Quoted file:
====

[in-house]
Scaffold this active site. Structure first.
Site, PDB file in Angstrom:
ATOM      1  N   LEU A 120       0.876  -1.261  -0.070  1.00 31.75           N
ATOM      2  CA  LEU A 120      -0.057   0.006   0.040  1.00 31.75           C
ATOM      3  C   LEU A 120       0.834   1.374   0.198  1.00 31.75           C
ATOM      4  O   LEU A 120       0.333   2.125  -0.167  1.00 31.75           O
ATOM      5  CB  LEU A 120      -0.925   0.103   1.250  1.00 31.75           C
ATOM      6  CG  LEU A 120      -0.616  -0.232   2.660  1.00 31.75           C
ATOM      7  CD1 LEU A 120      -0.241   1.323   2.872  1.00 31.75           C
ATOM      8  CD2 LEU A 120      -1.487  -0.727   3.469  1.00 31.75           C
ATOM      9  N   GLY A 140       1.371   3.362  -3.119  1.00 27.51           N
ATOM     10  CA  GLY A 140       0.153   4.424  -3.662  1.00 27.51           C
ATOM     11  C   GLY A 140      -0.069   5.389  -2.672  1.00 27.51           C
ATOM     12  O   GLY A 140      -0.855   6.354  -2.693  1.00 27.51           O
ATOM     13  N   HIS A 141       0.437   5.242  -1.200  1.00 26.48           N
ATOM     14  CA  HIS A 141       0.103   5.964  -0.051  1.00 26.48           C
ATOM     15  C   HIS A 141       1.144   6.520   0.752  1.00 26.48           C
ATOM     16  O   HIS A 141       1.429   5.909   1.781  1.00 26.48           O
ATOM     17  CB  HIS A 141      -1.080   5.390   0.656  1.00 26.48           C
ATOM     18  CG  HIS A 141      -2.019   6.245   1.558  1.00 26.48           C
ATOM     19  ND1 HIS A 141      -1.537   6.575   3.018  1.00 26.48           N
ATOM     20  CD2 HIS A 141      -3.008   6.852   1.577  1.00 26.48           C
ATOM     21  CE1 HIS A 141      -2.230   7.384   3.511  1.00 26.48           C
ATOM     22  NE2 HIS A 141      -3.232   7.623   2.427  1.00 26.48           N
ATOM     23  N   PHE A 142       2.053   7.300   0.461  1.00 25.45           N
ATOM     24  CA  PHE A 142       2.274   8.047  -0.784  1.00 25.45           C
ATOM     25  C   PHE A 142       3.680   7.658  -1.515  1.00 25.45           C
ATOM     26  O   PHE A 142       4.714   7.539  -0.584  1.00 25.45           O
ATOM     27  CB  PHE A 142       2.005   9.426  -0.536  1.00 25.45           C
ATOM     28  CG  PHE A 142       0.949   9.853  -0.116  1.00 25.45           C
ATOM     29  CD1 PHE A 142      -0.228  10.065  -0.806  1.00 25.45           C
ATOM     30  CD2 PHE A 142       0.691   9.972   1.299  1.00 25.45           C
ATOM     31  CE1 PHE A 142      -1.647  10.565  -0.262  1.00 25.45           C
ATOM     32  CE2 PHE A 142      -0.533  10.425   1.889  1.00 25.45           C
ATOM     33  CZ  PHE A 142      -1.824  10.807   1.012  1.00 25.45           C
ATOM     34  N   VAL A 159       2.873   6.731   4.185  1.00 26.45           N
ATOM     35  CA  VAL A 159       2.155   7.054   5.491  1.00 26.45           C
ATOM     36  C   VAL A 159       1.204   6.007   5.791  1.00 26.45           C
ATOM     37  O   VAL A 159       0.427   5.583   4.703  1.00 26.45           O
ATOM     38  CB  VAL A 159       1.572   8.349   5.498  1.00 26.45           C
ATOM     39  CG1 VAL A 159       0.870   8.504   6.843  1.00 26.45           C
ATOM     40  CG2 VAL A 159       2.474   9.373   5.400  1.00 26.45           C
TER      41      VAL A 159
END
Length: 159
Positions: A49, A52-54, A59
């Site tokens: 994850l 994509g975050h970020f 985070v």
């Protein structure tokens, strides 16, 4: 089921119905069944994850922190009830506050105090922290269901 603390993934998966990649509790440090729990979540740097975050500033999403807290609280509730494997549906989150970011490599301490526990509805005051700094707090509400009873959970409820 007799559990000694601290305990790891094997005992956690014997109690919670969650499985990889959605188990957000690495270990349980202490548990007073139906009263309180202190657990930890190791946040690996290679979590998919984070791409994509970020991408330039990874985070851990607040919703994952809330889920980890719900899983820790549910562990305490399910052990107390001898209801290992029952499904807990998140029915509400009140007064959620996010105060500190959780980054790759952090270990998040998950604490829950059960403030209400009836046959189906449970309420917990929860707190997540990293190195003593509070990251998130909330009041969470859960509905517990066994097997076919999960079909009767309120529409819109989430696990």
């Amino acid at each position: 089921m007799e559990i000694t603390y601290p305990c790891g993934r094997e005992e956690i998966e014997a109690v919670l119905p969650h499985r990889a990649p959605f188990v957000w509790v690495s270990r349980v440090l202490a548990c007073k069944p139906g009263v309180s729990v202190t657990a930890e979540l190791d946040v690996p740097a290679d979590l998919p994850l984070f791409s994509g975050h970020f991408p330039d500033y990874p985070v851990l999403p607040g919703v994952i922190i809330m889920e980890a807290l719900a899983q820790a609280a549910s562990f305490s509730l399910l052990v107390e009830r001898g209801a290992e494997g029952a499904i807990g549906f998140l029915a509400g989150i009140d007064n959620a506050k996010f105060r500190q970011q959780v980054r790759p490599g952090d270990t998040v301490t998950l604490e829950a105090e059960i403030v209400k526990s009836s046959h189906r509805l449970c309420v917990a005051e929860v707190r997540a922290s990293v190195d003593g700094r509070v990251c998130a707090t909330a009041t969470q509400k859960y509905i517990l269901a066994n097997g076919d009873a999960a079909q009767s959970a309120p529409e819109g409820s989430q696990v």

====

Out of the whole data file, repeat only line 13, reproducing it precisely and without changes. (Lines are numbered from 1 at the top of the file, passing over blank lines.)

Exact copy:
ATOM     10  CA  GLY A 140       0.153   4.424  -3.662  1.00 27.51           C